Many Australian families are looking for a responsible young adult to help care for their children. If you’re interested in becoming an au pair in Australia, an au pair placement agency can help you find the right fit. Often, parents will require you to have a Working With Children Check and current first aid qualification. These vary by state, so be sure to research your options in the state you’d like to work. As an au pair, you may be responsible for tasks like school pick-up and drop-off, doing the children’s laundry and of course, caring for and entertaining the children. Being an au pair allows you to join a typical Australian family and settle into the Aussie way of life. You might even get to travel with the family and discover more incredible destinations.
Australia is full of farms growing everything from avocados to apples. Farms are often short on fruit pickers and harvesters, offering a fantastic opportunity for working holiday makers to earn a wage, receive free accommodation and complete the three months of specified work required to stay an additional year.
While you can find harvesting jobs all year-round, certain crops have shorter seasons than others. If you want to pick grapes in one of Australia’s beautiful wine regions, work the harvest season between February and April. Settle down in Cairns, the gateway to the Great Barrier Reef, to pick mangos from November to February. For farm work during the winter months (June to August), head to South Australia to pick oranges, Western Australia to pick bananas or the Northern Territory to pick wildflowers and citrus.
Although many harvesting jobs are located away from the city, fruit picking gives you the opportunity to experience beyond well-known destinations and really immerse yourself in the Australian countryside. Besides fruit picking, you’ll also find other types of farm work like planting crops and caring for horses.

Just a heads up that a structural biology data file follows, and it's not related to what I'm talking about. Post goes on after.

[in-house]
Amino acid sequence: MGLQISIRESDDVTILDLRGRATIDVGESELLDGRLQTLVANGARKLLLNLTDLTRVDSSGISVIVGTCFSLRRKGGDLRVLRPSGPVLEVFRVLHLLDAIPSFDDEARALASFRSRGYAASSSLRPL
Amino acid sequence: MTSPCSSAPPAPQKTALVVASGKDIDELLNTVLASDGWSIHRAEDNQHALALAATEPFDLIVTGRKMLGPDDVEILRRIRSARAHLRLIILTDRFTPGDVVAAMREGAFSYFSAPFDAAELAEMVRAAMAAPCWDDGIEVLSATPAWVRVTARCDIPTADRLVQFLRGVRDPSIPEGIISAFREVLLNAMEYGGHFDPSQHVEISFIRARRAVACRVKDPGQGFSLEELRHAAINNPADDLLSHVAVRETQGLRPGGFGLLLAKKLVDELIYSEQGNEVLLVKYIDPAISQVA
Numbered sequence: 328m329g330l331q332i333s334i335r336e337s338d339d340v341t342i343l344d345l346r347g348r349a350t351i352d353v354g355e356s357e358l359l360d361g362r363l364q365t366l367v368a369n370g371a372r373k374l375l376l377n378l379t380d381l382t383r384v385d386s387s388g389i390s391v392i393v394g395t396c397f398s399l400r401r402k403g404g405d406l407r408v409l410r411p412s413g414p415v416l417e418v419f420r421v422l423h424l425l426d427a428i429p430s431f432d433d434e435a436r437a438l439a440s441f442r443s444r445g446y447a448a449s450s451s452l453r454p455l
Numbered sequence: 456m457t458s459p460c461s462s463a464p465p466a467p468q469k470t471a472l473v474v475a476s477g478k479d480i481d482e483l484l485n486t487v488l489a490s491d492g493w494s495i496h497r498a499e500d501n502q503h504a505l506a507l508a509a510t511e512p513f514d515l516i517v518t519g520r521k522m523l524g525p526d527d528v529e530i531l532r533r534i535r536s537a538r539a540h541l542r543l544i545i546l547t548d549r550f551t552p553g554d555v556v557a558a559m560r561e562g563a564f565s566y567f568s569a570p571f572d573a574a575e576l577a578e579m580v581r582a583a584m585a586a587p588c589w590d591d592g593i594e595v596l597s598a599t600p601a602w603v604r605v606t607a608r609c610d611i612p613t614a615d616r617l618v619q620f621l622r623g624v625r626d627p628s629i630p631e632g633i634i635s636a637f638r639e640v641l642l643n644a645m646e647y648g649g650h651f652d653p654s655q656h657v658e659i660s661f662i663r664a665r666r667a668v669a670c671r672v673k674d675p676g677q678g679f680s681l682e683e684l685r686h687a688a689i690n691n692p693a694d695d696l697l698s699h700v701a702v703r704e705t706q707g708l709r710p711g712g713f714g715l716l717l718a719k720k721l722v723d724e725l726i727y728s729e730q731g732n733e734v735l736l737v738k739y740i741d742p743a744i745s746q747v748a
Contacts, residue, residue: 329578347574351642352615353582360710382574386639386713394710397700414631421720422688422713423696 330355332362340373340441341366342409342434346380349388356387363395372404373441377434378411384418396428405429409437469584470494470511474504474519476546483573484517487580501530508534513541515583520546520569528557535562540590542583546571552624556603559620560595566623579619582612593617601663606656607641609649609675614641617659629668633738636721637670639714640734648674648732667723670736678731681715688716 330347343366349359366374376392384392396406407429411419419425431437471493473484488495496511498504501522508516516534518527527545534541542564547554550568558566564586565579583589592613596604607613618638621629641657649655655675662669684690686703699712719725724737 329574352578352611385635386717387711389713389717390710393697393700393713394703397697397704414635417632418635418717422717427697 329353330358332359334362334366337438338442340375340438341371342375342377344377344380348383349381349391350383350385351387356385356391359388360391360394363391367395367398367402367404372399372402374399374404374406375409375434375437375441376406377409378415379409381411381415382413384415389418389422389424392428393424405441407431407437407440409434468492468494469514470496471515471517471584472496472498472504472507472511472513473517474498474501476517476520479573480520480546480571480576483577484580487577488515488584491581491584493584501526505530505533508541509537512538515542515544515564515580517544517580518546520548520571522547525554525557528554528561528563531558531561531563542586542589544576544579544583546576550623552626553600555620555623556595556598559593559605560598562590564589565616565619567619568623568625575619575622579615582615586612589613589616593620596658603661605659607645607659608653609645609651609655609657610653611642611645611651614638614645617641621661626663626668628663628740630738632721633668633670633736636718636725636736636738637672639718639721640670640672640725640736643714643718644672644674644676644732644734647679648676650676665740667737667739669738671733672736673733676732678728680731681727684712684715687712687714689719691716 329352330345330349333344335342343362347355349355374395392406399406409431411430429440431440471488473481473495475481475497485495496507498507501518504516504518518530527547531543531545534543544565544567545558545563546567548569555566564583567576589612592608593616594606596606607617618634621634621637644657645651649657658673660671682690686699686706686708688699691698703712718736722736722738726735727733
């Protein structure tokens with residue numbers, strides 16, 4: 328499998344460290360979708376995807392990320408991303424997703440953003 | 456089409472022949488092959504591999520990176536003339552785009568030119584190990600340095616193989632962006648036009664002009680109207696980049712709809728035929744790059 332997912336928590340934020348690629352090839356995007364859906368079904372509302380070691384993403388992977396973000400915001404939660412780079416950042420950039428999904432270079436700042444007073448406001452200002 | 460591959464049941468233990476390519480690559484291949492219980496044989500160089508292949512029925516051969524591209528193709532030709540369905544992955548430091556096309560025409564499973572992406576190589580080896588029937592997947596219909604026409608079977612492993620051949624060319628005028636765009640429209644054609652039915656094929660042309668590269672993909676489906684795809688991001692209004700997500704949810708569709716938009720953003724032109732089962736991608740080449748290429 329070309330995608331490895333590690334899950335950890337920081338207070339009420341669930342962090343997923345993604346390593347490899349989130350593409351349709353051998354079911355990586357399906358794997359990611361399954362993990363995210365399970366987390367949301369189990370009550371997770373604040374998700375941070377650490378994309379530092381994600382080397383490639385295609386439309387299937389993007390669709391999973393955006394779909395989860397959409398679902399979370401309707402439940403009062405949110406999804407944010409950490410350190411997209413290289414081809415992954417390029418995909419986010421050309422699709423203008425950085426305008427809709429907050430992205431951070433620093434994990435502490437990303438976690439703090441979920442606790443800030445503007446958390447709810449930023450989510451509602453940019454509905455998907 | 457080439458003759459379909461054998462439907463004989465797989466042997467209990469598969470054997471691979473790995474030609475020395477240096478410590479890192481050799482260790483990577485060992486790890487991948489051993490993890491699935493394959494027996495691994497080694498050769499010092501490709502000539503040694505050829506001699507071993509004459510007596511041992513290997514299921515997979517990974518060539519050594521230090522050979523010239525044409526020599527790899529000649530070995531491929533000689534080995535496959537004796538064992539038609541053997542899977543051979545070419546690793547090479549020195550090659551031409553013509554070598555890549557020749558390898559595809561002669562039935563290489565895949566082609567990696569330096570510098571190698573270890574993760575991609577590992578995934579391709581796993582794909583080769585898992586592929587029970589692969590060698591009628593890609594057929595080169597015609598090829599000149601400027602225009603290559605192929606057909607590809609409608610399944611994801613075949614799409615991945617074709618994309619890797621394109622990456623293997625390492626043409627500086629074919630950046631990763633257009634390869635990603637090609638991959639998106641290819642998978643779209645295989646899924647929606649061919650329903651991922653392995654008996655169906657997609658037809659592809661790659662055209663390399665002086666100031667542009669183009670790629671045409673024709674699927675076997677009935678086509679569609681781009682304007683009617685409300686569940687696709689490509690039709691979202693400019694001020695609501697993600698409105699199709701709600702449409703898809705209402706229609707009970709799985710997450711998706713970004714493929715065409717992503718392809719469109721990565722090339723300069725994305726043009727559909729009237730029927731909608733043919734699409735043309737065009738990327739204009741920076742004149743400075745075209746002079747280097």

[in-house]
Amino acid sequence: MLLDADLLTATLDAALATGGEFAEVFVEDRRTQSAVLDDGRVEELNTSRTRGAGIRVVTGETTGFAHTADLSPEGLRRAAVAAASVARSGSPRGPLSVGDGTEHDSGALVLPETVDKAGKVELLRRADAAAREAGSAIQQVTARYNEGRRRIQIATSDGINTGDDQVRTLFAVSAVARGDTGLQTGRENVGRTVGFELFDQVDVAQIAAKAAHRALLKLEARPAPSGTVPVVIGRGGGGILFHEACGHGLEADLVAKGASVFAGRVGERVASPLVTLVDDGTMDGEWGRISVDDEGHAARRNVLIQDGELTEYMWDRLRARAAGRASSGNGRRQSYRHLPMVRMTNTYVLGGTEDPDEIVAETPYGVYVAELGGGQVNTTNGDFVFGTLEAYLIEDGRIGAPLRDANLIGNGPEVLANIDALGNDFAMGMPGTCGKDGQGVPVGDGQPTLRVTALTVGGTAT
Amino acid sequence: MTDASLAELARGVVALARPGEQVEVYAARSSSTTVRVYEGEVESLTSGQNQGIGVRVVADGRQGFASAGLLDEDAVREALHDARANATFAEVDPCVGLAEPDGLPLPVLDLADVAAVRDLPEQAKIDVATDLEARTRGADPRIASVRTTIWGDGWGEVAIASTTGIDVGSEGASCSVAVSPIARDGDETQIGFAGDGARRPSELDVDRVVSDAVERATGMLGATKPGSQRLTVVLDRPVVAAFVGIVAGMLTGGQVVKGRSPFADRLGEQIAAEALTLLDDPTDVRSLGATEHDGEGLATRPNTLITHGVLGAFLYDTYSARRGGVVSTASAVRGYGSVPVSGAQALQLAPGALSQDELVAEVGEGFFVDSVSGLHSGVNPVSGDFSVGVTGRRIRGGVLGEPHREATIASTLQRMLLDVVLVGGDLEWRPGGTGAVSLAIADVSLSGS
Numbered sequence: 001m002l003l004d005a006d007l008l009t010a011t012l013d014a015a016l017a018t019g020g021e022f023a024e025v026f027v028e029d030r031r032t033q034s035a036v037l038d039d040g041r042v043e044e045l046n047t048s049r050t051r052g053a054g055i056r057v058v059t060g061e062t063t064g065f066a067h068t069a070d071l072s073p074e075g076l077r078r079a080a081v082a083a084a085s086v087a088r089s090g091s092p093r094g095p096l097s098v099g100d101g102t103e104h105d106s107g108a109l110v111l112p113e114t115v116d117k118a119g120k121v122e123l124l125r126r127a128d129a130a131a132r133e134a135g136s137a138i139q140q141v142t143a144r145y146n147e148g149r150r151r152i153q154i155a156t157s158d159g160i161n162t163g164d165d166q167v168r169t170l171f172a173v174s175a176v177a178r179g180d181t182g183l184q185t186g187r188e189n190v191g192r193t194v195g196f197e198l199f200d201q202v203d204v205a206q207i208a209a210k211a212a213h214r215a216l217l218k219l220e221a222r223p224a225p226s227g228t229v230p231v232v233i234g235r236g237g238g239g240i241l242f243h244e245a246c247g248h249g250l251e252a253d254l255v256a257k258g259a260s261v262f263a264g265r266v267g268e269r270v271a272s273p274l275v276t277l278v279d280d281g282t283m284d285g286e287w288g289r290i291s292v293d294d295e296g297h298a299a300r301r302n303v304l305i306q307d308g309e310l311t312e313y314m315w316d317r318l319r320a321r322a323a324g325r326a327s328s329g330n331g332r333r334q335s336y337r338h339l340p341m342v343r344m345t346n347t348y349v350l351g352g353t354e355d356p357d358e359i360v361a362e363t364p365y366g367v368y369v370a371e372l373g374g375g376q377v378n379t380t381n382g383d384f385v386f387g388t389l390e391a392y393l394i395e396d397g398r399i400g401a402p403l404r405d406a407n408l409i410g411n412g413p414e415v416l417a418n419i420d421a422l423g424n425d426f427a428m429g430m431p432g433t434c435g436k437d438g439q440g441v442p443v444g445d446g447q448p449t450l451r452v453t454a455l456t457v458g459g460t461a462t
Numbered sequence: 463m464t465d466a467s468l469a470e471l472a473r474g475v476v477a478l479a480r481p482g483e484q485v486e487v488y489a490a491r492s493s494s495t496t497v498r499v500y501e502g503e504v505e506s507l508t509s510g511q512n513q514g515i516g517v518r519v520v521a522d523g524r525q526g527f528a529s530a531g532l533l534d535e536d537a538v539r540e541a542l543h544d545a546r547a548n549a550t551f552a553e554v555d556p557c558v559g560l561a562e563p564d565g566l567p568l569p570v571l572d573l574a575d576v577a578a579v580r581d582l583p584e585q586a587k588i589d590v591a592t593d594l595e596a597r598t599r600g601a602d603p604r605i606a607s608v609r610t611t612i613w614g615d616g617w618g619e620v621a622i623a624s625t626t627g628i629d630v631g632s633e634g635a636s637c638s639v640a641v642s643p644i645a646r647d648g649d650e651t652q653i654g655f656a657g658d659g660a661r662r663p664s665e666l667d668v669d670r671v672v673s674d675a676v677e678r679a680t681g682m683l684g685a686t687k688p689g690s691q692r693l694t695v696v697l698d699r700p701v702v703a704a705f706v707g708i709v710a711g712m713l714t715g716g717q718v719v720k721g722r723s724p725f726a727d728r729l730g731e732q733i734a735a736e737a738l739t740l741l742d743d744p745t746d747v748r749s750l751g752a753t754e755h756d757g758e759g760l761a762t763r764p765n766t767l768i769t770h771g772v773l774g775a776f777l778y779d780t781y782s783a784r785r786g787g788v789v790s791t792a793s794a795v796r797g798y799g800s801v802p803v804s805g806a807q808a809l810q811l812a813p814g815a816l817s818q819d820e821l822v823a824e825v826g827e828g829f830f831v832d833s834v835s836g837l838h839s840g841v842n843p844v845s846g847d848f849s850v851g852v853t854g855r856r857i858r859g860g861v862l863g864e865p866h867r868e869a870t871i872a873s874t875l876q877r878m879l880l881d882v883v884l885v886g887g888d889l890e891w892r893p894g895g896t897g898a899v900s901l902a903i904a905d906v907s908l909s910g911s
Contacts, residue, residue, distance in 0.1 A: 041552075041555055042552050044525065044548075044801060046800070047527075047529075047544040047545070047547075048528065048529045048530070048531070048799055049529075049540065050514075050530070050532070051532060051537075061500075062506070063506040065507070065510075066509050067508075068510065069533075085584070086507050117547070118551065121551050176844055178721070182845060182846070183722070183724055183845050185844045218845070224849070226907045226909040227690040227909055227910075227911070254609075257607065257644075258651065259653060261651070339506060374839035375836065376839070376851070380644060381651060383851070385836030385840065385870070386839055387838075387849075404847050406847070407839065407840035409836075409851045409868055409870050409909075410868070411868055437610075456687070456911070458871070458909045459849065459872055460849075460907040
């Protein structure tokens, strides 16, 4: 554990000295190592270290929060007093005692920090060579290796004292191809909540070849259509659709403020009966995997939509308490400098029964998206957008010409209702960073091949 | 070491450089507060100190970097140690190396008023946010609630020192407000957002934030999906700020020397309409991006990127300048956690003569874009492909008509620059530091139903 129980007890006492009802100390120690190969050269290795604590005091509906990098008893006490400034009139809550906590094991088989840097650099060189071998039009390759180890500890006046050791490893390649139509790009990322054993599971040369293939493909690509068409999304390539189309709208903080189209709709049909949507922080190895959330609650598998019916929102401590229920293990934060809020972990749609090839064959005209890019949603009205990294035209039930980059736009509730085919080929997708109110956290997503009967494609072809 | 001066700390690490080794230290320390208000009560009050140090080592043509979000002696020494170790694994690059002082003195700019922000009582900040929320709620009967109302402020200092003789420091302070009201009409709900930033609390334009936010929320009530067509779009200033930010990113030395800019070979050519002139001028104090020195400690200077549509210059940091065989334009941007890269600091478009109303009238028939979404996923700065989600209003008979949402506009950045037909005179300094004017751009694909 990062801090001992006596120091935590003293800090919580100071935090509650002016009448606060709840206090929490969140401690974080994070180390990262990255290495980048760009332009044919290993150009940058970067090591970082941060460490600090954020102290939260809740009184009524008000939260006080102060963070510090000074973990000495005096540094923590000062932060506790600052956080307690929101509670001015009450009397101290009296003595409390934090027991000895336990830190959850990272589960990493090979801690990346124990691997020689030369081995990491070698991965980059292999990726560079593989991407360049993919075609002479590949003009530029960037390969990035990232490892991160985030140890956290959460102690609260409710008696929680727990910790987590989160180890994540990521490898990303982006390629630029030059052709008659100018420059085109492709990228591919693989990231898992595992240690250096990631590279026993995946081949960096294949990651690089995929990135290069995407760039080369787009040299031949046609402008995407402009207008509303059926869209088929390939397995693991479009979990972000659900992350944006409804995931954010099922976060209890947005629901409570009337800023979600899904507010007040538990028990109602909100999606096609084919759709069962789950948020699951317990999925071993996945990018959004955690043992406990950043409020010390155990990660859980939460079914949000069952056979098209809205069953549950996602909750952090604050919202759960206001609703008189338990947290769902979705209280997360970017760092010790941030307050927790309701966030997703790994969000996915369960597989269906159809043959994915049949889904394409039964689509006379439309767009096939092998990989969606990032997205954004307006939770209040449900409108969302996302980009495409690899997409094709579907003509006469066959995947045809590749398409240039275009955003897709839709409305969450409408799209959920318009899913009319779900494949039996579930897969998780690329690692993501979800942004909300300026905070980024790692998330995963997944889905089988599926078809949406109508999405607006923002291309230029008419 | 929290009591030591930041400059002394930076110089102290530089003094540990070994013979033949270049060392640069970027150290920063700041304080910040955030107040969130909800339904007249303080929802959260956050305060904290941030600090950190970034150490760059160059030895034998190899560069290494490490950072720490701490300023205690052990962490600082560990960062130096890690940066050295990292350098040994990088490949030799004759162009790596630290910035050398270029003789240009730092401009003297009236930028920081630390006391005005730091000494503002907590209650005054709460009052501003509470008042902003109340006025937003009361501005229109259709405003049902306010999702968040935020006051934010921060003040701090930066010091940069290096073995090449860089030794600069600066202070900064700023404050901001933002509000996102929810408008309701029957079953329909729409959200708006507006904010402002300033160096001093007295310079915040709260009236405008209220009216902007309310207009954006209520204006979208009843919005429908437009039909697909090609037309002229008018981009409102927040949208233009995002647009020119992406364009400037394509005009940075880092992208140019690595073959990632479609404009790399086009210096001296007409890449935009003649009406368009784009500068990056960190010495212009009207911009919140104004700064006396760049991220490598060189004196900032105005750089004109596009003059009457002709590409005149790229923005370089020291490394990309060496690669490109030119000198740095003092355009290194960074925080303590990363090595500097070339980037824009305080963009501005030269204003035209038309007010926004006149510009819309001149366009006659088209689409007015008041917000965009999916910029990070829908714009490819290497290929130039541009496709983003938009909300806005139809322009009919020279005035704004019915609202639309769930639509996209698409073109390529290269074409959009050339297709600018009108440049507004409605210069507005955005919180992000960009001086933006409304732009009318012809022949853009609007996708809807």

Sales is an excellent career option for working holiday makers who want to gain real-world experience in commerce, customer service, and of course, sales. You’ll gain valuable skills in communication, persuasion and prioritisation, which you can use to enhance your CV when you return home. A sales position might also offer benefits like in-store discounts and daytime hours. There are many large shopping centres in Australia where you can start your search. From fashion to electronics to homewares, you’ll be able to find retail opportunities that pique your interest. Shops generally look for help year-round, and put on extra staff just before the Christmas holidays.
Call centre operator
If you have a talent for talking with customers, a job in a call centre might be perfect for you. As a call centre operator, you’ll be responsible for handling customer enquiries, recording customer information and referring calls to the appropriate team. A job in a call centre will equip you with skills that apply to a huge range of careers, like organisation, data handling and multitasking.
Housekeeping is a popular job among backpackers and working holiday makers because it often offers free accommodation in some of Australia’s most stunning destinations, from the lush rainforest of the Daintree to the picturesque waters of Margaret River. Housekeepers for hostels, hotels and boutique homestays are paid a wage for working hours, and in some cases, can volunteer a few hours a week to receive their accommodation for free. This allows you to explore both seaside towns like Queensland’s Airlie Beach and big, bustling cities like Sydney more affordably.
While it’s not a paid job, volunteering offers valuable skills as well as the opportunity to get involved with a cause you’re passionate about. Plus, volunteering can take you to places you’d never expect. Help rehabilitate Australian wildlife at a sanctuary in Queensland, conserve diverse ecosystems in Western Australia or volunteer on an organic farm in exchange for free room and board. No matter which opportunity you choose, you’ll leave not only with marketable skills but also deeper insight into the people, places and wildlife that make Australia so unique.